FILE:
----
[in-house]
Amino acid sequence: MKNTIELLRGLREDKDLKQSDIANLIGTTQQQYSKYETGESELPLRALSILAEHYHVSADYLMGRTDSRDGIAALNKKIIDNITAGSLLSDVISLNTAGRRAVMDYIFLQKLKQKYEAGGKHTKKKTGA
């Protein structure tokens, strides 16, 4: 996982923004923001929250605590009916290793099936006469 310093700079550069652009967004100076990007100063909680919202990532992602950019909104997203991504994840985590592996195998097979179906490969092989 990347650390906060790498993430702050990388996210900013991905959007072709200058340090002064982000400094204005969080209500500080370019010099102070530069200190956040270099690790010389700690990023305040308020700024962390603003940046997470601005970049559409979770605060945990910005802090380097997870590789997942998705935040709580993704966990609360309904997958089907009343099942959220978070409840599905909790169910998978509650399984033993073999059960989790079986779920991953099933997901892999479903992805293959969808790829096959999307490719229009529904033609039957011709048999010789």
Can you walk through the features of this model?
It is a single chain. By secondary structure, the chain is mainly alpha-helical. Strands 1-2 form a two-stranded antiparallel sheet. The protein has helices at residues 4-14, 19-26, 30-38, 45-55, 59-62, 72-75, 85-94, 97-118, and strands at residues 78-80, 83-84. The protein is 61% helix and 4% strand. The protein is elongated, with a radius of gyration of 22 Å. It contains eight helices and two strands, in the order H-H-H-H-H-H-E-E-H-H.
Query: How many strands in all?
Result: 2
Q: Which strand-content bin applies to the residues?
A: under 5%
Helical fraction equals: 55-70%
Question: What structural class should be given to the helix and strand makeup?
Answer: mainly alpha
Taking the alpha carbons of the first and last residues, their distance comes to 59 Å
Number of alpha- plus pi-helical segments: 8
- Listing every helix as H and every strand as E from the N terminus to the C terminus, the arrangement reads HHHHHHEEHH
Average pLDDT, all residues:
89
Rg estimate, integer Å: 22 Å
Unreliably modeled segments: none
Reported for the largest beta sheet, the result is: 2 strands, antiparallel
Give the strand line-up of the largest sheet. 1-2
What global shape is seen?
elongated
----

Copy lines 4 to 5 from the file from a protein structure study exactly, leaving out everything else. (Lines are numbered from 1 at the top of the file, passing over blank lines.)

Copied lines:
Can you walk through the features of this model?
It is a single chain. By secondary structure, the chain is mainly alpha-helical. Strands 1-2 form a two-stranded antiparallel sheet. The protein has helices at residues 4-14, 19-26, 30-38, 45-55, 59-62, 72-75, 85-94, 97-118, and strands at residues 78-80, 83-84. The protein is 61% helix and 4% strand. The protein is elongated, with a radius of gyration of 22 Å. It contains eight helices and two strands, in the order H-H-H-H-H-H-E-E-H-H.